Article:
Friday, 27 June 2014

... and so it ends.

Source:, taken from 'Pocahontas' (1995), directed by Mike Gabriel and Eric Goldberg

It is so weird how time flies when you are having a good, creative time. The festival is officially over and even though I am quite relieved that it is done, I cannot help but feel a little bit melancholic at the same time. Working at the EEFF has been an amazing experience for me and so have the 2 weeks of the actual festival. I got to work with new people and explore new, interesting aspects of the job (namely venue managing and what the work of a runner entails), I had the chance to meet and take care of foreign directors and producers who visited the festival but did not really knew anyone else in the city, and came across people that could potentially be beneficial during job seeking after this MA is over. 

After the intensity of the first few days, things got more chilled as time passed, since we had fewer and fewer responsibilities, as time passed. The most integral part of the last days was... partying. I am saying this in all seriousness. Festival guests that came to London for a few days wanted to see what the night life of the city has to offer, and the EEFF team was more than happy to show them around. Apart for been good hosts, going out at night after a hard day's work also helps to bring the team closer, as well as offers networking opportunities, especially in the festival parties, where a lot of people of the industry are gathered together, having fun, and getting drunk, which makes it easier for them (but also for me) to talk to them. It might sound weird, but parties are indeed a vital part of a festival, not only because of the fact that practically everyone likes dancing and drinking, but also because it reinforces team spirit and gives a sense of community to audience and guests.

Parties and fun aside, there is nothing that can make a festival worker happier than listening to directors and producers saying how pleased they are with the co-operation and how thankful they are for all our help. It makes it all worthwhile to know that the filmmakers are satisfied with how it went. That is practically the very reason we are all doing this!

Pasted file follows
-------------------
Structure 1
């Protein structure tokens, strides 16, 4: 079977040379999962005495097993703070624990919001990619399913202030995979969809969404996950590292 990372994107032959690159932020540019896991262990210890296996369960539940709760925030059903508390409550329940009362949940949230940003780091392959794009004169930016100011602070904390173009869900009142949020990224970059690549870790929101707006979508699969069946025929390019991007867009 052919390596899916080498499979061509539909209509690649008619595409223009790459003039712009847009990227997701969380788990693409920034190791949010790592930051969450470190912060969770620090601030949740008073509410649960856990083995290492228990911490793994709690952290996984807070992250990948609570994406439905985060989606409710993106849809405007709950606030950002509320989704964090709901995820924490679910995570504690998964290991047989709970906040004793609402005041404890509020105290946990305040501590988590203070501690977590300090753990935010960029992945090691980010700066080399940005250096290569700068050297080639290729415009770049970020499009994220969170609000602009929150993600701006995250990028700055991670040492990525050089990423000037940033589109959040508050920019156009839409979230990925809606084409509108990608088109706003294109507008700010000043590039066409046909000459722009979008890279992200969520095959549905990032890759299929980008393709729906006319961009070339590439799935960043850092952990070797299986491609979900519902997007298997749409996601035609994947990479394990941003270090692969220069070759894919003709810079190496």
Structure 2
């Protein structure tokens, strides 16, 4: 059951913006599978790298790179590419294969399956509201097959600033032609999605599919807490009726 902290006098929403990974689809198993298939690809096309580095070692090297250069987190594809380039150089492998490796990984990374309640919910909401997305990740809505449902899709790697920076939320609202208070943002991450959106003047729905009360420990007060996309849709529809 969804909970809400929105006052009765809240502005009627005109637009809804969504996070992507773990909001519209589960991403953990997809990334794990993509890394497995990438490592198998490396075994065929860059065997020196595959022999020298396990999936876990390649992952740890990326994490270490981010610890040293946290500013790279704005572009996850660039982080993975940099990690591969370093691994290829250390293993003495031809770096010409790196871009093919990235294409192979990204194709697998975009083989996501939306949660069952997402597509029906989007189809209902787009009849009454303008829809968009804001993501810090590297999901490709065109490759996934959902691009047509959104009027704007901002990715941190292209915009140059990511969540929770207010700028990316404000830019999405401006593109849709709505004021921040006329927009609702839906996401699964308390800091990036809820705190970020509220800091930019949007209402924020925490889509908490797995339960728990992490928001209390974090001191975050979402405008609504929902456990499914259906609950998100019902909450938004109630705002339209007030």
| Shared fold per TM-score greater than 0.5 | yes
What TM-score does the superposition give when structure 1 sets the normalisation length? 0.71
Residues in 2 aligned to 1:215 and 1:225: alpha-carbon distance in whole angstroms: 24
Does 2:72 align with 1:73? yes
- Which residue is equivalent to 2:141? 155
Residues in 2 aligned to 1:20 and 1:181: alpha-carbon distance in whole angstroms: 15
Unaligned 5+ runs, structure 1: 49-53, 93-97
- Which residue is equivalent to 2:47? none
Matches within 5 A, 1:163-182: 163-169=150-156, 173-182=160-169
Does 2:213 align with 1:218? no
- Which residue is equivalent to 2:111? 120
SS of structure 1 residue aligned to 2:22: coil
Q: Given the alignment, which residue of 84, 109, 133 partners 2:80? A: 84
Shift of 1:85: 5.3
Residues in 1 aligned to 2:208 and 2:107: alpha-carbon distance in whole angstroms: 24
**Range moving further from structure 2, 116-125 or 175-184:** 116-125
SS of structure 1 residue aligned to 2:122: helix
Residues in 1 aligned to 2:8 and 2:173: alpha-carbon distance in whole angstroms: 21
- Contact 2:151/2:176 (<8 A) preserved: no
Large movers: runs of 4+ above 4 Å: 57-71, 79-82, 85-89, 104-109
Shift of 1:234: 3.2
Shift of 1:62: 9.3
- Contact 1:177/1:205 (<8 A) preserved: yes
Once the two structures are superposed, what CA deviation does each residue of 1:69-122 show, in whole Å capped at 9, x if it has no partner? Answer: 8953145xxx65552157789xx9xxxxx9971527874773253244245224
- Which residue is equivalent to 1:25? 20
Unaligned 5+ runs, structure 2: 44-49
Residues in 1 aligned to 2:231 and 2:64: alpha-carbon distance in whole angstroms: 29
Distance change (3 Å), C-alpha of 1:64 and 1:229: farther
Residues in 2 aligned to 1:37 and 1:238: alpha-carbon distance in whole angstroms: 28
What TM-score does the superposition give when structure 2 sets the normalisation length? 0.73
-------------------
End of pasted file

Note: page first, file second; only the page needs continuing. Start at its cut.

It is always sad to say goodbye to something you love. On the bright side, this experience gave me so much insight into how film festivals are run, that I will be forever grateful to everyone that I got to work together with this year. My negotiation skills got better, thanks to the King's Professional Skills programme and of course the practice that I did during my internship (securing films with a low screening fee is not an easy job, but sales agents and producers are always happy to lower the price for a better position in the programme that will offer more exposure) and I got more confident and fluent (even though I still need to work on my accent, as my Director stated that 'your written speech is better than your oral'). Furthermore, I found out what my strengths and weaknesses are and how I can sell my skills to a new employer, and, most importantly, I was able to secure a couple of interviews because of my experience here. Plus, it was quite satisfying putting things I learned in this MA into practice. 

There is still a long way to go till I reach my highest career aspirations, and a lot of things yet to learn but, as they say, 'you have to start somewhere', and my start was pretty brilliant! 

So long, and thanks for all the fish.

Tuesday, 17 June 2014

So it begins...


Things I realised after the first 4 days of the festival:
a) There is a hell of a lot of things that can go wrong when you are working on an event
b) Working at a festival can be unhealthily stressful
c) I love this job (well, I realised that about 2 months ago, but it bears repeating)